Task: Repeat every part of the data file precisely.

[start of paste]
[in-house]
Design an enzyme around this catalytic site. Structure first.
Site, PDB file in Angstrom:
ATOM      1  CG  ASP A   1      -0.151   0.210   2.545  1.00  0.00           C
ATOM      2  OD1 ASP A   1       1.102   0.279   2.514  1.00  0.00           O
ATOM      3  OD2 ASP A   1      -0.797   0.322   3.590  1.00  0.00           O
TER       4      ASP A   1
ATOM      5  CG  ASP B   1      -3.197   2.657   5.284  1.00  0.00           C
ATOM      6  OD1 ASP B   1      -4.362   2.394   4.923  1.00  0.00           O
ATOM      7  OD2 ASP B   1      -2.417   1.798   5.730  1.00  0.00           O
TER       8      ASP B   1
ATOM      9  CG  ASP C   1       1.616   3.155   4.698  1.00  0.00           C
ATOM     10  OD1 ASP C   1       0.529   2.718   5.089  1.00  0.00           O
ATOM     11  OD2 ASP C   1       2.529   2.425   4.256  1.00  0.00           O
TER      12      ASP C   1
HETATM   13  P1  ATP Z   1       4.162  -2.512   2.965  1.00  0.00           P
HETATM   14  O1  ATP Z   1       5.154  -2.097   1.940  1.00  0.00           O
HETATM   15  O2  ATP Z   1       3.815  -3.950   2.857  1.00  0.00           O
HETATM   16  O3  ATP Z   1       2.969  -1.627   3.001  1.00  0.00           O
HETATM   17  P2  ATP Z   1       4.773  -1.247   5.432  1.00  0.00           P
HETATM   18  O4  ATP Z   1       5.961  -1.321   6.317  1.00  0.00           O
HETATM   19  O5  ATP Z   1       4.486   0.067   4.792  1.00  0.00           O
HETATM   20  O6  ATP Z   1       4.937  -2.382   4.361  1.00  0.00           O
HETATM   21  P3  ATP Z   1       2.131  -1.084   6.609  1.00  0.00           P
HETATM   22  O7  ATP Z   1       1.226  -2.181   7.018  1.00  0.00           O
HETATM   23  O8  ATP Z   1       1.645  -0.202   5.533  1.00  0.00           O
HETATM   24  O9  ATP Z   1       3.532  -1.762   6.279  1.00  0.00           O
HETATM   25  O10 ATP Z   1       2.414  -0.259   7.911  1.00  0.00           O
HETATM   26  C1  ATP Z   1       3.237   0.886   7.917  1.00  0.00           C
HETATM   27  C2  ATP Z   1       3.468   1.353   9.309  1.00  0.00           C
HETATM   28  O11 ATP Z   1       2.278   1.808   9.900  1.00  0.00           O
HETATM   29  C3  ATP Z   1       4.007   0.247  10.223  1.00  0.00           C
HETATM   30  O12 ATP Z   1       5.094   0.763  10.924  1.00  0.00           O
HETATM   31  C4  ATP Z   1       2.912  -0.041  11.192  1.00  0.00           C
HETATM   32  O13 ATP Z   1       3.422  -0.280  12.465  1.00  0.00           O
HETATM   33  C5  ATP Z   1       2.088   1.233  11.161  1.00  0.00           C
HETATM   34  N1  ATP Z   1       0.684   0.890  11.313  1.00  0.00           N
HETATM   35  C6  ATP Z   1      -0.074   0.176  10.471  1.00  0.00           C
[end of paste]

[in-house]
Design an enzyme around this catalytic site. Structure first.
Site, PDB file in Angstrom:
ATOM      1  CG  ASP A   1      -0.151   0.210   2.545  1.00  0.00           C
ATOM      2  OD1 ASP A   1       1.102   0.279   2.514  1.00  0.00           O
ATOM      3  OD2 ASP A   1      -0.797   0.322   3.590  1.00  0.00           O
TER       4      ASP A   1
ATOM      5  CG  ASP B   1      -3.197   2.657   5.284  1.00  0.00           C
ATOM      6  OD1 ASP B   1      -4.362   2.394   4.923  1.00  0.00           O
ATOM      7  OD2 ASP B   1      -2.417   1.798   5.730  1.00  0.00           O
TER       8      ASP B   1
ATOM      9  CG  ASP C   1       1.616   3.155   4.698  1.00  0.00           C
ATOM     10  OD1 ASP C   1       0.529   2.718   5.089  1.00  0.00           O
ATOM     11  OD2 ASP C   1       2.529   2.425   4.256  1.00  0.00           O
TER      12      ASP C   1
HETATM   13  P1  ATP Z   1       4.162  -2.512   2.965  1.00  0.00           P
HETATM   14  O1  ATP Z   1       5.154  -2.097   1.940  1.00  0.00           O
HETATM   15  O2  ATP Z   1       3.815  -3.950   2.857  1.00  0.00           O
HETATM   16  O3  ATP Z   1       2.969  -1.627   3.001  1.00  0.00           O
HETATM   17  P2  ATP Z   1       4.773  -1.247   5.432  1.00  0.00           P
HETATM   18  O4  ATP Z   1       5.961  -1.321   6.317  1.00  0.00           O
HETATM   19  O5  ATP Z   1       4.486   0.067   4.792  1.00  0.00           O
HETATM   20  O6  ATP Z   1       4.937  -2.382   4.361  1.00  0.00           O
HETATM   21  P3  ATP Z   1       2.131  -1.084   6.609  1.00  0.00           P
HETATM   22  O7  ATP Z   1       1.226  -2.181   7.018  1.00  0.00           O
HETATM   23  O8  ATP Z   1       1.645  -0.202   5.533  1.00  0.00           O
HETATM   24  O9  ATP Z   1       3.532  -1.762   6.279  1.00  0.00           O
HETATM   25  O10 ATP Z   1       2.414  -0.259   7.911  1.00  0.00           O
HETATM   26  C1  ATP Z   1       3.237   0.886   7.917  1.00  0.00           C
HETATM   27  C2  ATP Z   1       3.468   1.353   9.309  1.00  0.00           C
HETATM   28  O11 ATP Z   1       2.278   1.808   9.900  1.00  0.00           O
HETATM   29  C3  ATP Z   1       4.007   0.247  10.223  1.00  0.00           C
HETATM   30  O12 ATP Z   1       5.094   0.763  10.924  1.00  0.00           O
HETATM   31  C4  ATP Z   1       2.912  -0.041  11.192  1.00  0.00           C
HETATM   32  O13 ATP Z   1       3.422  -0.280  12.465  1.00  0.00           O
HETATM   33  C5  ATP Z   1       2.088   1.233  11.161  1.00  0.00           C
HETATM   34  N1  ATP Z   1       0.684   0.890  11.313  1.00  0.00           N
HETATM   35  C6  ATP Z   1      -0.074   0.176  10.471  1.00  0.00           C